Table of Contents | Message Board | Downloadable/Printable Version
BACKGROUND INFORMATION - BIOGRAPHY
Jack London was born out of wedlock in San Francisco, California, on January 12, 1876. His parents were Flora Wellman and William Henry Chaney, who abandoned Flora before Jack's birth. The author adopted the name of John London, whom his mother married in September of 1876.
His childhood was spent in Oakland and was marred by poverty. After completing grammar school, he worked at various odd jobs. By the age of fifteen, he had become a delinquent, robbing the nets of fishermen. At the age of seventeen, he became a sailor on the 'Sophie Sutherland' and traveled to the Far East. Upon his return from his first journey, he joined a group of workers headed to Washington, D.C. to protest unfair working conditions. He left the group before it reached Washington and traveled the country on freight cars. He was arrested for vagrancy and spent thirty days in jail.
London later entered the University of California at Berkeley. For one semester, he studied Darwinism, Marxism, and other liberal philosophies, but he soon left college. He then traveled to the Klondike Territory in 1897 to search for gold. Although he made no money from gold, his adventures in the Yukon gave him the background for many of his stories, including The Call of the Wild and White Fang.
Upon his return from the North, London began to write. In 1899, the first of several science fiction stories was published. In 1900, London married Bessie Maddern and really settled down; they had two daughters. He devoted himself to writing and published his first novel, A Daughter of the Snows, in 1902. A year later, in 1903, he published The Call of the Wild. In that same year, London left his wife and children for a new love, Charmian Kittredge; he also published his favorite book, The People of the Abyss, a story about poverty. White Fang, published in 1906, was written as a companion piece to The Call of the Wild, but it was never as successful as the first novel about the Wild.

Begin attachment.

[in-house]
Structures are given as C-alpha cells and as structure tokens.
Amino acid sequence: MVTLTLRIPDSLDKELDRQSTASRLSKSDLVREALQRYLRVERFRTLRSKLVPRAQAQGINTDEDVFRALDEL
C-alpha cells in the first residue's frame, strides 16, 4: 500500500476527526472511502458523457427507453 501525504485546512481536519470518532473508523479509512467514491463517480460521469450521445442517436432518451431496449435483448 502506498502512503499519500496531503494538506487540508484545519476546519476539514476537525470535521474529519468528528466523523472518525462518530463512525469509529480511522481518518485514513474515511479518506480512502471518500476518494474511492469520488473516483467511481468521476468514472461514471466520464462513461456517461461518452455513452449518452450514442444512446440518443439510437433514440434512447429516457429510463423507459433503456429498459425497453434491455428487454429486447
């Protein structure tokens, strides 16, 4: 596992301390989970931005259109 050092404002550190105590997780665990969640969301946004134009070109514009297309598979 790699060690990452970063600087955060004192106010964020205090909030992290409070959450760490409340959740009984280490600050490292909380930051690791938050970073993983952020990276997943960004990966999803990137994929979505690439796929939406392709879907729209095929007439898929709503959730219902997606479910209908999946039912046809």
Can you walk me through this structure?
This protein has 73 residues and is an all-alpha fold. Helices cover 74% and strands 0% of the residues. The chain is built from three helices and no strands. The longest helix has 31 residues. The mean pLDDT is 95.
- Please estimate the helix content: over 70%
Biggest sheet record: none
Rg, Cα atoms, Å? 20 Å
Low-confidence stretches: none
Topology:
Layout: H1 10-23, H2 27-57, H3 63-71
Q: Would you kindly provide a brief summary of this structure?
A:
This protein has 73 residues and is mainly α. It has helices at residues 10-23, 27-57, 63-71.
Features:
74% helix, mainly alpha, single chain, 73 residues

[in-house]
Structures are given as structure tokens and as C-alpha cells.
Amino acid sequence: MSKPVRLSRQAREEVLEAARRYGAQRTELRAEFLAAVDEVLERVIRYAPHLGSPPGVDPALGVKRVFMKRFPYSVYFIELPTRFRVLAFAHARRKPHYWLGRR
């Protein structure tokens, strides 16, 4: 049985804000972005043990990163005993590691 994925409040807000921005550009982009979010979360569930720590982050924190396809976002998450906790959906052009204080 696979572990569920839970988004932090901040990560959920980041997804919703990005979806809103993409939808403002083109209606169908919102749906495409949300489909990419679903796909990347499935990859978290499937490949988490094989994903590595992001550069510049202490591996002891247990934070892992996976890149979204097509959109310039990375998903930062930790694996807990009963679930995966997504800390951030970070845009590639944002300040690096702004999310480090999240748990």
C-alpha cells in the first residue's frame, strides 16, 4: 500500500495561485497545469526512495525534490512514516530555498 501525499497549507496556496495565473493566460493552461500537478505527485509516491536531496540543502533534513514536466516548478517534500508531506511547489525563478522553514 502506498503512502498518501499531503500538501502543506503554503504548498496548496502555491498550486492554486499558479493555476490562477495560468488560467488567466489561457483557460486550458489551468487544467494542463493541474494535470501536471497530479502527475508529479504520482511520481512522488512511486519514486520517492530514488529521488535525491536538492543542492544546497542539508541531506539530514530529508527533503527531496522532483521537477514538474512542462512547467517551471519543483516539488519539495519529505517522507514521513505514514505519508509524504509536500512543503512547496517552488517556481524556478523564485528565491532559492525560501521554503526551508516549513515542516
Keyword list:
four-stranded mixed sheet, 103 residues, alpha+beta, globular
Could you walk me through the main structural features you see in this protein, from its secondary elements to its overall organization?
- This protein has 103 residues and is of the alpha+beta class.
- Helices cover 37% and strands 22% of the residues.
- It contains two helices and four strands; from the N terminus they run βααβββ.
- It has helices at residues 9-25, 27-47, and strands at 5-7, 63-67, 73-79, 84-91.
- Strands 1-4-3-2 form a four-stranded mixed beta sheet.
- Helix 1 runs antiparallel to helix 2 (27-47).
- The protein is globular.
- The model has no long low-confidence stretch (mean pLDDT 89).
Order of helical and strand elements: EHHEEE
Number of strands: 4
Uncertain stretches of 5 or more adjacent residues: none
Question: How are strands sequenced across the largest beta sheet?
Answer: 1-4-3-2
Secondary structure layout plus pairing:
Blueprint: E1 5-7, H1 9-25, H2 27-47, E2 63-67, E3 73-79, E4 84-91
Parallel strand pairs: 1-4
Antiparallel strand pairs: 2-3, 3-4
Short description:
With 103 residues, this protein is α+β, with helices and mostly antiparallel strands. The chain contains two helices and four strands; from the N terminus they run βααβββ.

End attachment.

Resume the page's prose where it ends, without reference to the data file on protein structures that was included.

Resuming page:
London lived in poverty and sickness most of his life, and he drank heavily. In 1909 he published Martin Eden, a novel in which he tells of his discouragement as a writer. In 1913 he published John Barleycorn, a book about his own alcoholism. By 1915, he was using opium and morphine to ease the pain of his bowels, and he soon became addicted to these drugs. On November 21, 1916, he injected an overdose that caused his death. Whether his death was, in fact, a suicide is still disputed.
When Jack London died on November 22, 1916, at the age of forty, he left behind a considerable quantity of literature. He had written forty-nine books, including nineteen novels and eighteen books of essays and short stories. London is remembered most for his naturalistic writing and his development of the theme of "the survival of the fittest."
The Yukon Region of Northwestern Canada was first explored in the 1840s by Robert Campbell, a British fur trader for the Hudson Bay Company. In 1870, it became part of Canada's Northwest Territories, but was still largely unpopulated. In 1896, George Carmack and his Indian friends struck gold at a mining camp about fifty miles from Dawson City. This discovery led to the Klondike Gold Rush of 1897 and 1898. Thousands of prospectors poured into the Yukon, and many staked claims. Few, however, were successful in finding gold.
The author, Jack London, mined for gold in the Yukon in 1897, and experienced freezing weather during the winter, gnawing hunger from the scarcity of food, and a deep sense of isolation and loneliness that came with the darkness that lasted for six months.
From the mining records of Dawson City, it is known that Jack London filed a paper for "Claim No. 545 on the Left Fork ascending Henderson Creek in the aforesaid Mining Division." London also stated before the Gold Commissioner in Dawson, "I solemnly swear that, I have discovered therein a deposit of gold." London, however, never made any money from his gold adventure and soon left the North.
Even though he did not get rich from the Klondike Gold Rush, London's Yukon experience gave him enough material to write several of his novels and short stories, including White Fang.